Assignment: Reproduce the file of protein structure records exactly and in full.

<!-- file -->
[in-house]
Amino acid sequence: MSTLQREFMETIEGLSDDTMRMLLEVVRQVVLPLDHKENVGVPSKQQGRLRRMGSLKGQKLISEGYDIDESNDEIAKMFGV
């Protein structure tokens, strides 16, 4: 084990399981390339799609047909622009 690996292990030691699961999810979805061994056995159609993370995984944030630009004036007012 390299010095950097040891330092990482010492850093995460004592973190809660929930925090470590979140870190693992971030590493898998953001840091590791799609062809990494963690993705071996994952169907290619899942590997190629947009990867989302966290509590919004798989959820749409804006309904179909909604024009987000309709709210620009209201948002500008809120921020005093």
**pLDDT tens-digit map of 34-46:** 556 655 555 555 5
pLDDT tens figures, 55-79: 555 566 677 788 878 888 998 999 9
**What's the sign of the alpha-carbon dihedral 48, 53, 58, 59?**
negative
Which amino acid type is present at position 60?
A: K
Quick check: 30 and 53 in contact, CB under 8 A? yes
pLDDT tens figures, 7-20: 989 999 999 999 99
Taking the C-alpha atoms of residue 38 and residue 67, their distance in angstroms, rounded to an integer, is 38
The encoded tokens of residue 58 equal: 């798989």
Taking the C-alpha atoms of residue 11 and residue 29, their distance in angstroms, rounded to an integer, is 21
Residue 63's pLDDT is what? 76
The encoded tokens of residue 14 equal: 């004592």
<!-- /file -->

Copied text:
[in-house]
Amino acid sequence: MSTLQREFMETIEGLSDDTMRMLLEVVRQVVLPLDHKENVGVPSKQQGRLRRMGSLKGQKLISEGYDIDESNDEIAKMFGV
């Protein structure tokens, strides 16, 4: 084990399981390339799609047909622009 690996292990030691699961999810979805061994056995159609993370995984944030630009004036007012 390299010095950097040891330092990482010492850093995460004592973190809660929930925090470590979140870190693992971030590493898998953001840091590791799609062809990494963690993705071996994952169907290619899942590997190629947009990867989302966290509590919004798989959820749409804006309904179909909604024009987000309709709210620009209201948002500008809120921020005093």
**pLDDT tens-digit map of 34-46:** 556 655 555 555 5
pLDDT tens figures, 55-79: 555 566 677 788 878 888 998 999 9
**What's the sign of the alpha-carbon dihedral 48, 53, 58, 59?**
negative
Which amino acid type is present at position 60?
A: K
Quick check: 30 and 53 in contact, CB under 8 A? yes
pLDDT tens figures, 7-20: 989 999 999 999 99
Taking the C-alpha atoms of residue 38 and residue 67, their distance in angstroms, rounded to an integer, is 38
The encoded tokens of residue 58 equal: 């798989």
Taking the C-alpha atoms of residue 11 and residue 29, their distance in angstroms, rounded to an integer, is 21
Residue 63's pLDDT is what? 76
The encoded tokens of residue 14 equal: 């004592």